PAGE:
Densho Digital Archive
Densho Visual History Collection
Title: Aiko Herzig-Yoshinaga Interview II
Narrator: Aiko Herzig-Yoshinaga
Interviewer: Tom Ikeda
Location: Torrance, California
Date: July 7, 2009
Densho ID: denshovh-haiko-03-0023

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TI: And so the two of you moved down to Washington, D.C., or that's where he was living.

AH: He was already working here in Washington. He had been discharged from the army, and so he was working in private industry.

TI: Right. And you're, at this time, fifty-three years old, about fifty-three?

AH: I was born '24, '78, fifty-four, yeah.

TI: Or fifty-four? Fifty-four. And so what do you do in D.C.?

AH: Oh, well, I didn't do anything for a while, but then I decided I'd like to know what kind of information the FBI had on me for having marched in the streets in New York, anti-Vietnam War demonstration and all that. So I wondered if the FBI had anything on me, so I went down and they said, "No, we don't have anything. Maybe New York office has, but nothing." And I decided, "Well, I want to find out what they have in terms of the camp life on my family." So that started me out. And by that time, I had already met Michi Weglyn and got to know her pretty well in New York for the last two years or so before I moved down there. So I told her I was gonna find out about my family. She said, "Well, yeah, look at some of my footnotes, and if you're interested, follow." So after that, I found out about my family, the information they had, 'cause it's quite extensive. And then I started looking into the camp situation, because the archivists were all so helpful. They said, "We have such wonderful stuff here, nobody's looking at it. Not enough people." They knew Michi and Roger Daniels were looking at it, but very few (other writers, scholars and researchers).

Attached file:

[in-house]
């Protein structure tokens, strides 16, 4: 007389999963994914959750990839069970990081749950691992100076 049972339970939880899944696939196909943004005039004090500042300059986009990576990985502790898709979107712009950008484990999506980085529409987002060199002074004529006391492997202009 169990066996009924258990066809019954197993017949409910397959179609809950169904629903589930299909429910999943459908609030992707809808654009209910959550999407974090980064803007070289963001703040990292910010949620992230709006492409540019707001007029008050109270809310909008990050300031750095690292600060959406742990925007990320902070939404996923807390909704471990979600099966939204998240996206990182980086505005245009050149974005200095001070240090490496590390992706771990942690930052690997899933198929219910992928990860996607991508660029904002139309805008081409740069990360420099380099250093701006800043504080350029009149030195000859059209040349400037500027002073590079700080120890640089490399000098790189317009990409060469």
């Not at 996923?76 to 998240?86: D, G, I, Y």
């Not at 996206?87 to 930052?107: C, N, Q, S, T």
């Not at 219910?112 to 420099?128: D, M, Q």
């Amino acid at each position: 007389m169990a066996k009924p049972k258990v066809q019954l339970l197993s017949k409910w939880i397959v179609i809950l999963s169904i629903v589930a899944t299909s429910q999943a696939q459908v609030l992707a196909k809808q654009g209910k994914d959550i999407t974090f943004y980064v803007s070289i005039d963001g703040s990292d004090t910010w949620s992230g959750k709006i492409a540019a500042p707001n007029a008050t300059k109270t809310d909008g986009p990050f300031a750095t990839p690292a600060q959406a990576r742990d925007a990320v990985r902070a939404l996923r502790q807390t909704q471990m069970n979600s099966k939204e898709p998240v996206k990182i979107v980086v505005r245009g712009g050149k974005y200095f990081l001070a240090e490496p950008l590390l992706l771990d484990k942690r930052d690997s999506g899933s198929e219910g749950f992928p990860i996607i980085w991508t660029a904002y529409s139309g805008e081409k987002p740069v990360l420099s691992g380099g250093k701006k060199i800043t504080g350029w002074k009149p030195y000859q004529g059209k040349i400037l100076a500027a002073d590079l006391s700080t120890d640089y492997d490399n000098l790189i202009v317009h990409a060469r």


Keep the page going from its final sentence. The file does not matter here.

TI: So just a handful of you were looking at these key documents.

AH: At that time, yeah. That's what got me started.

TI: So, Aiko, another interview that we have at Densho is that the Omori sisters did, and so they really go into your archive work. And so I'm going to kind of move on. The one thing that hasn't been talked very much about, because we talk about your role, but I want you to talk about Jack's role, especially during the redress, coram nobis, the role that Jack played during this period.